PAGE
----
Maverick Life


Beyond protection: The rise of the designer mask

Left: SiSi co-founders Yasmin Furmie and Cynthia Ali modelling their mask collection. Right: A model wears the Rich Mnisi Swarovski crystal mask

Accessorising has long been one of the simplest ways to complete an outfit, and now, with masks being mandatory, enterprising designers have elevated them from strictly utilitarian items to expressive fashion accessories.

“Styles of wearing influenza masks today are many and weird. Just as there are masks made of many sorts of material, so are the masks worn in many kinds of styles.” Those were the opening lines of a 1918 article from a Seattle newspaper, shared by USA TODAY national correspondent Elizabeth Weise. Bar the language and a slightly mocking tone, the rest of the century old article about mask-wearing in the era of the Spanish Flu reads, in parts, like it could have been written today. It reveals something of that familiar human inclination to go beyond the utilitarian and be creative and expressive with the items we don on our bodies.

A 1918 clipping from a Seattle newspaper. Image: Elizabeth Weise via USA Today

Although Americans eventually stopped wearing masks after the end of the Spanish Flu, China has continued to wear masks at different moments in the 20th century, like the mid-century cholera outbreak. More recently, with outbreaks such as Sars in 2002 and Mers in 2012, there was once again a noted increase in the use of masks. Then, of course, there is the problem of the country’s industrial air pollution.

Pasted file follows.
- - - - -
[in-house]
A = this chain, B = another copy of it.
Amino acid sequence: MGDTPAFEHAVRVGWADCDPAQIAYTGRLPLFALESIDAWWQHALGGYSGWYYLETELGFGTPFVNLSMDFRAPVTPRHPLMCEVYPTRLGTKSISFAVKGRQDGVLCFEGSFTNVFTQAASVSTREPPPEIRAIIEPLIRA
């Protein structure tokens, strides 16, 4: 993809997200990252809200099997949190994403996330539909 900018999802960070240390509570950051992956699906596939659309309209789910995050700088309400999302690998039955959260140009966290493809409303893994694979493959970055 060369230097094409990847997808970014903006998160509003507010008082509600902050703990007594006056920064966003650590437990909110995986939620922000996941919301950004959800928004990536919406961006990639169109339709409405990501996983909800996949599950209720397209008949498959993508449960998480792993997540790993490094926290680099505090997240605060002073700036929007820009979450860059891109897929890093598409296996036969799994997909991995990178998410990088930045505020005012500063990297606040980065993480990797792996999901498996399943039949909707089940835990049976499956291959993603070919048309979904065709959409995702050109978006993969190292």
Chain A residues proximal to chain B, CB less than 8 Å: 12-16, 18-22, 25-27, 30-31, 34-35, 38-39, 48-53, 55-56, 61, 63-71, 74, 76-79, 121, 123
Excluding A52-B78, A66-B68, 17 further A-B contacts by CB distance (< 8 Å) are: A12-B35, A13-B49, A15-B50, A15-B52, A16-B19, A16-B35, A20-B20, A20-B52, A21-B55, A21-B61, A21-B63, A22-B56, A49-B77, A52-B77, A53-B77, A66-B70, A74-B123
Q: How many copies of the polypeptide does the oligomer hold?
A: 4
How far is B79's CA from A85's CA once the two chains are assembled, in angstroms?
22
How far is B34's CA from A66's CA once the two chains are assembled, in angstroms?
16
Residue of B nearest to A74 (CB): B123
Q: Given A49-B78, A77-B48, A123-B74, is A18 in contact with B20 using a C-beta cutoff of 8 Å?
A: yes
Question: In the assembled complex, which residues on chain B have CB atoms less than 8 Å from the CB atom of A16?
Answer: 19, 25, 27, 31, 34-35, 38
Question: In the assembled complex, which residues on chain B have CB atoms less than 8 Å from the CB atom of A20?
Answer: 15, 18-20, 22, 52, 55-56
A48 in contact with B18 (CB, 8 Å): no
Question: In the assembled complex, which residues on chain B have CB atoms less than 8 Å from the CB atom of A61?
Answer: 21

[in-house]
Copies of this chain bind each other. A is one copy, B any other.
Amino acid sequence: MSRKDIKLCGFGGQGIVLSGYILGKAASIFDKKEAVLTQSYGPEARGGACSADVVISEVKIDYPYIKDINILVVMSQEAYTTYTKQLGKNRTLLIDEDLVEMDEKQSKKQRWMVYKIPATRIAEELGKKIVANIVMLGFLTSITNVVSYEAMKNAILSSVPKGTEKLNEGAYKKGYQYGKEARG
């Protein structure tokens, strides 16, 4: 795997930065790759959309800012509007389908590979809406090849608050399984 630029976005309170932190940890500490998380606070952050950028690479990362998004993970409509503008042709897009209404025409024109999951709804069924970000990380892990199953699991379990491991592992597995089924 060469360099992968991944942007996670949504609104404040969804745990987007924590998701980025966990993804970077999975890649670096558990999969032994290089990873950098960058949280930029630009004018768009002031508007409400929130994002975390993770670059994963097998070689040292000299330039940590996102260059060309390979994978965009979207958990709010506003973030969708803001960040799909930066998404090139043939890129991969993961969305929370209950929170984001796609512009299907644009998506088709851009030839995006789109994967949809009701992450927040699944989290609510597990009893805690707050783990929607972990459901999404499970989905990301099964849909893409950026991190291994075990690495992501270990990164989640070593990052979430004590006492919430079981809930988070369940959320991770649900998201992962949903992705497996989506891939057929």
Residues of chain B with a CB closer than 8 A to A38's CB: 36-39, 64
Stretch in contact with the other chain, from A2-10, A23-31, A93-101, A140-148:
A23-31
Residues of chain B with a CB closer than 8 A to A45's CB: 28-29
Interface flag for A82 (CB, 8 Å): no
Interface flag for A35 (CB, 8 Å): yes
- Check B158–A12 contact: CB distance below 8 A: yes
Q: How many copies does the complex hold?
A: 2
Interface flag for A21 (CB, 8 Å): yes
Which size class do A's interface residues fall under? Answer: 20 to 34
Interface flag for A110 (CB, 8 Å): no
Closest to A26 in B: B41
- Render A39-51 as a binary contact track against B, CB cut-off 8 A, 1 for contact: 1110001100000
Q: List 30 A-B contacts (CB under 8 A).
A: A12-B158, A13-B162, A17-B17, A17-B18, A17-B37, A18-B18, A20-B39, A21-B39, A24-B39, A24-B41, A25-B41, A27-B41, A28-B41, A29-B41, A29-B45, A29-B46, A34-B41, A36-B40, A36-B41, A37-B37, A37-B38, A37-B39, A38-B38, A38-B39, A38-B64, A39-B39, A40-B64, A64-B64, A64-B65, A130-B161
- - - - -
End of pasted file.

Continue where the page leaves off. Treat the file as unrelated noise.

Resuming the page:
However, beyond the practical use of masks for health reasons, a key moment in the resurgence of the mask as a fashion accessory was back in October 2014 during China Fashion Week in Beijing, when the QIAODAN Yin Peng Sports Wear Collection put masks on the models. Earlier that same month, another Chinese designer, Masha Ma, had also sent out models wearing embellished and outfit-matching masks onto the runway as part of his Spring/Summer 2015 collection at Paris Fashion Week. And back in June 2014, Respro, a UK-based pollution mask company, collaborated with Italian designer Marcelo Burlon on a range of masks that were shown as part of his Spring/Summer 2015 collection fashion show in Florence, Italy.

With the exception of countries like China, which has a pollution problem, and athletes who wear styled training masks, the fashion mask didn’t exactly take off, although they have popped up on the faces of rappers, such as at the BET Awards in 2017, when rapper Future and his daughter wore matching Swarovski crystal-encrusted masks.

Fast-forward to 2020. At first, health officials, experts, and governments recommended that the general public not wear masks; confusion followed until finally, as more information became available and the understanding of the pandemic improved, that changed: masks became mandatory or strongly recommended in public places. Designers around the globe started to offer variations on what has now become 2020’s most ubiquitous accessory, in a variety of designs, materials and prints.